The Kachin State government does not have the authority to shut down border gates with China amid the ongoing coronavirus outbreak, the state’s immigration minister has said.
Minister Zaw Win told KNG that despite local calls to close borders and prevent the spread of the virus, only the Union government in Naypyidaw could make the decision to do so.
“The Kambaiti and Loije border gates do not operate under the state government. The Union government operates these border checkpoints,” he explained. “According to the MoU between China and Burma in 1997, the Union government has full authority to operate these border gates. But the Kachin State government runs the Pangwah gate. If we need to shut down, we will close the Pangwah gate.”
The Burmese government announced on Monday the first two cases of coronavirus in the country, from two men who had recently returned from the US and UK, respectively. Hundreds of thousands of cases have been documented globally, and more than 15,000 people have died from the virus, which was first found in Wuhan, China in December 2019.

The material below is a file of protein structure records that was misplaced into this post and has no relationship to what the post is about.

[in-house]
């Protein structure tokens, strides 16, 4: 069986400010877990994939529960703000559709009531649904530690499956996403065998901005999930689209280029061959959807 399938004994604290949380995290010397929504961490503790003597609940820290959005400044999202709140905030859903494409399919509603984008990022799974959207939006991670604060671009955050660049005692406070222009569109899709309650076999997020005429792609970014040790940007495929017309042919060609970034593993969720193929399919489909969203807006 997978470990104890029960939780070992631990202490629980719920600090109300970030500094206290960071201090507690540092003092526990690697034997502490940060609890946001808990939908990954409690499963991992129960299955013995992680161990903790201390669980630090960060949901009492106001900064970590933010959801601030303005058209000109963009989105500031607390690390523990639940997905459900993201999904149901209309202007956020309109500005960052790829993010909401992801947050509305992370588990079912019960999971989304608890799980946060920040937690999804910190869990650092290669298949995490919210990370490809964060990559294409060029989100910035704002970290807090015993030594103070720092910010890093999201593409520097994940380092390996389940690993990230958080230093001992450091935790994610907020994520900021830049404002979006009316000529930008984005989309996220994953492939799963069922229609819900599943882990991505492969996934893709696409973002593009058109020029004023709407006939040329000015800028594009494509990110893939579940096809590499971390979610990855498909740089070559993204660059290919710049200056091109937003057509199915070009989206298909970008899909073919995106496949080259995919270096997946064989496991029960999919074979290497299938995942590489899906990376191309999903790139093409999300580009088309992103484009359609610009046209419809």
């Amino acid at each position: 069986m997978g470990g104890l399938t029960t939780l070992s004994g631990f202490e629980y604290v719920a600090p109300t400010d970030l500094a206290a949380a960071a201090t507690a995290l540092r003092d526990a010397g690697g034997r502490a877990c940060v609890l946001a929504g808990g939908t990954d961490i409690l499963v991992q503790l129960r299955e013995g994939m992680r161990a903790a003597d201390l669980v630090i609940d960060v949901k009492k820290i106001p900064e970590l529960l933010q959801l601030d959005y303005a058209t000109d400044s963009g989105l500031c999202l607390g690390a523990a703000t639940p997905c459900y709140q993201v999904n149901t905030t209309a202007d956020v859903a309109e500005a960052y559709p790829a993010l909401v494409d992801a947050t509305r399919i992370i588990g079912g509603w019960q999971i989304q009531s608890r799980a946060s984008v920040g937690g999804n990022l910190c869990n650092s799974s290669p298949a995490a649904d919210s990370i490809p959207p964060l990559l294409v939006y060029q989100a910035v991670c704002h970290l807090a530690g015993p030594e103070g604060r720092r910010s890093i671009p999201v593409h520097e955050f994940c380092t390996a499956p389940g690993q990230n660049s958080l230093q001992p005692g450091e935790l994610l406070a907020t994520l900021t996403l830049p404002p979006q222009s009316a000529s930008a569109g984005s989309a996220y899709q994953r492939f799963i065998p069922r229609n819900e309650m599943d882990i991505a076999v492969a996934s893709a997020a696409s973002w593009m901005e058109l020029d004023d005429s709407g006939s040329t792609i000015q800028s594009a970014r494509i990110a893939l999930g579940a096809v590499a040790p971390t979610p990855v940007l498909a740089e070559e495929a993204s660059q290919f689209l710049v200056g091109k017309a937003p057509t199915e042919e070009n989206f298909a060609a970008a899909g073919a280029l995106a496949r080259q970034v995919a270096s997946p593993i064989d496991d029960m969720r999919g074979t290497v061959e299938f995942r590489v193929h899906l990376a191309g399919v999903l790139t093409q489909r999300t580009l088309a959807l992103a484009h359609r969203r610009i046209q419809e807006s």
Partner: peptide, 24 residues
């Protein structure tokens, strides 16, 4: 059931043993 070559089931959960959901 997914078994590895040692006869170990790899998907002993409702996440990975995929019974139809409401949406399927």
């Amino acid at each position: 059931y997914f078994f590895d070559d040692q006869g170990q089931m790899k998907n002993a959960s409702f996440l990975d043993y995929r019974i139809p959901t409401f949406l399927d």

In the three months that followed, some 46,000 Burmese nationals crossed into China though the Loije border gate, 37,000 of whom returned. The numbers for Chinese nationals were around 3,000. Meanwhile, more than 17,000 Chinese nationals traveled to and from Burma through the Kambaiti border gate, and more than 10,000 Burmese nationals returned to the country.
Through Pangwah, around 8,000 Chinese nationals traveled back and forth across the border during the last three months, along with 2,000 Burmese nationals.
“The number of travelers has increased in March. There are more travelers than January. It’s because it’s time to harvest tissue-culture bananas. There are more vehicles and people crossing the checkpoints,” immigration minister Zaw Win said.
He reaffirmed the government’s statement that there are no cases of coronavirus in Burma.
“There has been only one suspected case of COVID-19 found. According to the results of a medical examination, the patient didn’t have any infection,” he said.
The government’s previous claims that the virus had not entered the country were questioned by locals, human rights advocates and health professionals, who instead point to Burma’s lack of testing technology and weak health infrastructure as an explanation of why no cases—and now only two—have been confirmed.
The Kachin State government has canceled upcoming festivals, including the annual water festival, Thingyan, to try to prevent the spread of COVID-19.
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